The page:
Still another object of the present invention is to provide chuck rollers for a wafer scrubbing and drying system, which chuck rollers each have a roller head for ensuring proper engagement of a wafer with each chuck roller and preventing wafer damage during a wafer scrubbing process.
Yet another object of the present invention is to provide new and improved chuck pins for supporting a wafer in a wafer cleaning and drying system.
A still further object of the present invention is to provide new and improved chuck pins each having a novel configuration which maintains proper engagement of the chuck pins with a wafer during wafer scrubbing and drying processes.
In accordance with these and other objects and advantages, the present invention is generally directed to a new and improved design for chuck rollers and a new and improved design for chuck pins for a wafer cleaning and drying system. Each of the chuck rollers includes a roller head which ensures proper engagement of a wafer with the chuck rollers for rotation of the wafer during a wafer scrubbing process. Each of the chuck pins is provided with an extending flange or salient to prevent upward movement of and disengagement of the wafer from the chuck pins as the wafer is rotated during a wafer scrubbing and drying process. Each chuck pin may also have an increased diameter to present a wafer support surface of enhanced surface area for supporting the wafer on the chuck pin.
The invention will now be described, by way of example, with lo reference to the accompanying drawings, in which:
The present invention includes chuck rollers which have a novel configuration for ensuring proper engagement of each of the multiple chuck rollers in a double-sided brush scrubbing chamber (DBC) of a wafer cleaning and drying system for rotation of the wafer during a scrubbing process. Each of the chuck rollers includes a thickened head or top portion which ensures proper engagement of the chuck roller with the wafer prior to commencement of the wafer scrubbing process. The present invention further includes chuck pins which have a novel configuration for preventing disengagement of each chuck pin from a wafer as the wafer is rotated during a wafer scrubbing operation and wafer drying operation in a wafer cleaning and drying system. Each chuck pin includes a salient or flange which prevents the wafer from moving upwardly on the chuck pin and becoming disengaged therefrom. Each chuck pin may also have an increased diameter to present a wafer support surface of enhanced surface area for supporting the wafer on the chuck pin.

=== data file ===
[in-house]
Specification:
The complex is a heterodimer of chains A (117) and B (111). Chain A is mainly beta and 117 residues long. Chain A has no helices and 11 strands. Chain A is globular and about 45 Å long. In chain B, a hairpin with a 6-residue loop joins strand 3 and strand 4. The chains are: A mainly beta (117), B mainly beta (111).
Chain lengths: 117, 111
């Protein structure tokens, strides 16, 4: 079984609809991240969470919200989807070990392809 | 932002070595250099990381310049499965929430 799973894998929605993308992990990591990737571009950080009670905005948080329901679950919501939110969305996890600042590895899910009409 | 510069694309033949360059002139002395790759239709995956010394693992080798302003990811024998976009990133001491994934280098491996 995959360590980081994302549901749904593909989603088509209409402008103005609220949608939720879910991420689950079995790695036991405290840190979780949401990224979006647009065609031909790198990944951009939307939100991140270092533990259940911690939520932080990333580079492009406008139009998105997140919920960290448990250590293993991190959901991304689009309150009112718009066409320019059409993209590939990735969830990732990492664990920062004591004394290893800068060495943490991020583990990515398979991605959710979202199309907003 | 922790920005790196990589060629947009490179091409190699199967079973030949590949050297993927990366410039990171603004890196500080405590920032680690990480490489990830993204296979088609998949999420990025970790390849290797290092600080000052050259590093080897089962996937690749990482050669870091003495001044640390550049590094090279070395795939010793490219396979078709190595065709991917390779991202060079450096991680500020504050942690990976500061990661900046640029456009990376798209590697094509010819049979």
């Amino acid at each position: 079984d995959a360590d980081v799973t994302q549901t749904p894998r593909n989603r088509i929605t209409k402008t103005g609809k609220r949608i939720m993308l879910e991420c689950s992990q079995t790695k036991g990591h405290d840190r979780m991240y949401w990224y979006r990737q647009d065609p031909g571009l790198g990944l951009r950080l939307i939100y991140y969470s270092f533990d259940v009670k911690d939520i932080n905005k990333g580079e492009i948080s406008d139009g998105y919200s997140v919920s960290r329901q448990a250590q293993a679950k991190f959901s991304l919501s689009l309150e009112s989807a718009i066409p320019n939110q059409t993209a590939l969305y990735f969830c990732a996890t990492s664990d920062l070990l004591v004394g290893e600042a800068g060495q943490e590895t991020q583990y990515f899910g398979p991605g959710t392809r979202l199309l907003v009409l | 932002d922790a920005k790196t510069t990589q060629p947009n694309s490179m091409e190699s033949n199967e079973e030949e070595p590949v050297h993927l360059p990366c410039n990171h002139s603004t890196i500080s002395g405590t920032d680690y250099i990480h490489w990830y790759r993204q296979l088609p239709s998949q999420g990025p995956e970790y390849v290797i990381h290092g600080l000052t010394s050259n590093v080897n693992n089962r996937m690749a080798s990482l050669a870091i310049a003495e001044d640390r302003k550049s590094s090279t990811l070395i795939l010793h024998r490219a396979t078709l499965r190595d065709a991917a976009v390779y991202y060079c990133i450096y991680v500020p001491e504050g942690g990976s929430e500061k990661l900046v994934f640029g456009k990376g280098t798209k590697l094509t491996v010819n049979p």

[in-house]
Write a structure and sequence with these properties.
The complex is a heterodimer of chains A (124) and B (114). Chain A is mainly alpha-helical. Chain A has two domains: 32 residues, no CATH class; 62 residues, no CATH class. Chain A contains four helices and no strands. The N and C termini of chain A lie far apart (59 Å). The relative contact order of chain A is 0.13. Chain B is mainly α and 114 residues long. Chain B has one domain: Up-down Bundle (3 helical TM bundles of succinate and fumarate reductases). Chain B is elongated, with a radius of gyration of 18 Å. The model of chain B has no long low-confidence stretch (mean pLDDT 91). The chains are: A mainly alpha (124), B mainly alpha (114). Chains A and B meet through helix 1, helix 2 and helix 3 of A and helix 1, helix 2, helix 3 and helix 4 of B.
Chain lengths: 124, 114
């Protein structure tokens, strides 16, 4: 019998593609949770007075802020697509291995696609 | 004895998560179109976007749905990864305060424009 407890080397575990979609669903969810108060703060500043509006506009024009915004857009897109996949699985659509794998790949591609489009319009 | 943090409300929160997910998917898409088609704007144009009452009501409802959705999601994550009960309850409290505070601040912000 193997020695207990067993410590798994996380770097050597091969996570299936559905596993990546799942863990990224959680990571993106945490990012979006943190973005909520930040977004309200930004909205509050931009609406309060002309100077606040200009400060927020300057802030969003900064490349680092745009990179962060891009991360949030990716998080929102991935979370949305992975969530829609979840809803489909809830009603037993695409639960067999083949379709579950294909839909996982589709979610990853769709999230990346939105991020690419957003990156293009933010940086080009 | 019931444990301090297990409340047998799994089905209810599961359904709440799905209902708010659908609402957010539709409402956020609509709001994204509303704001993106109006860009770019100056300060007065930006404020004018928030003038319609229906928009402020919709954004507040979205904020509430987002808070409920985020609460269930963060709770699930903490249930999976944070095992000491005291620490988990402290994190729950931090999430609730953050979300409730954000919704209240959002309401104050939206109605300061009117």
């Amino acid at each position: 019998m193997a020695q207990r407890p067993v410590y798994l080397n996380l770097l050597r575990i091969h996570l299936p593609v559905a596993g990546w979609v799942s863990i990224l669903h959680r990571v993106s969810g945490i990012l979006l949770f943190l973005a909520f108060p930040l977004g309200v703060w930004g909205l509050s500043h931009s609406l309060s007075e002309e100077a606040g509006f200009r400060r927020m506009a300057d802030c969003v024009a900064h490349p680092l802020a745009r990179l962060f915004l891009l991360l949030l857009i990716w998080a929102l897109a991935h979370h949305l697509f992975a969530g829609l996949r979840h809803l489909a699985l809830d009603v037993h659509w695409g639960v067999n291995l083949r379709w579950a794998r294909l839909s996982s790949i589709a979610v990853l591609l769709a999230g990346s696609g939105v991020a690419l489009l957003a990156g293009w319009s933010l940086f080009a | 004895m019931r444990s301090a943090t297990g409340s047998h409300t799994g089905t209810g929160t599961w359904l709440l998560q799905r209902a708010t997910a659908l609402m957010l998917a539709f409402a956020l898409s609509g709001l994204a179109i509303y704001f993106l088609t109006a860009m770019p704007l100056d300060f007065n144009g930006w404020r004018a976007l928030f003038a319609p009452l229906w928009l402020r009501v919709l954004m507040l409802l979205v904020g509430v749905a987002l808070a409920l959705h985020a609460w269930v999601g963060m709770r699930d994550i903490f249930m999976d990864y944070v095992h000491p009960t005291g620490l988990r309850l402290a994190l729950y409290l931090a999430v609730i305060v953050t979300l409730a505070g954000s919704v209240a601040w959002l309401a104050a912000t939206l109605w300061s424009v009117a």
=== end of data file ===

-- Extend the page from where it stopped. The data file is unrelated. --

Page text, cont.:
Referring initially to
As shown in
In typical operation, a wafer transfer robot (not shown) positions between the chuck rollers 64 of the respective roller mounts 62 a wafer 100 to be subjected to a post-CMP scrubbing and drying process. The roller mounts 62 are actuated to move the respective opposing sets of chuck rollers 64 toward each other to “catch” or engage the wafer 100 in order to rotate the wafer 100 as both the upper and lower surfaces of the wafer 100 are scrubbed by the top and bottom scrub brushes (not shown) of the assembly 60. Accordingly, the wafer notches 75 of the respective chuck rollers 64 normally receive the edge of the wafer 100 for driving rotation of the wafer 100. In the event that the wafer notch 75 of one of the chuck rollers 64 is inadvertently misaligned with and fails to receive the edge of the wafer 100, as shown in
Referring next to
As shown in
While the preferred embodiments of the invention have been described above, it will be recognized and understood that various modifications can be made in the invention and the appended claims are intended to cover all such modifications which may fall within the spirit and scope of the invention.
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|Citing Patent||Filing date||Publication date||Applicant||Title|
|US8256774 *||Aug 31, 2007||Sep 4, 2012||Semes Co., Ltd.||Chucking member and spin head and method for chucking substrate using the chucking member|
|US8257549 *||Aug 4, 2008||Sep 4, 2012||Semes Co., Ltd.||Spin head, chuck pin used in the spin head, and method for treating a substrate with the spin head|
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|U.S. Classification||279/106, 279/35|
|International Classification||H01L21/687, B23B31/103, H01L21/00, B23B31/12|
|Cooperative Classification||H01L21/67046, Y10T279/17231, Y10T279/18, H01L21/68728|
|Apr 2, 2003||AS||Assignment|
Owner name: TAIWAN SEMICONDUCTOR MANUFACTURING CO. LTD., TAIWA
Free format text: ASSIGNMENT OF ASSIGNORS INTEREST;ASSIGNOR:JAN, CHIN-TSAN;REEL/FRAME:013938/0827
Effective date: 20030215
|May 25, 2009||REMI||Maintenance fee reminder mailed|
|Nov 15, 2009||LAPS||Lapse for failure to pay maintenance fees|
|Jan 5, 2010||FP||Expired due to failure to pay maintenance fee|
Effective date: 20091115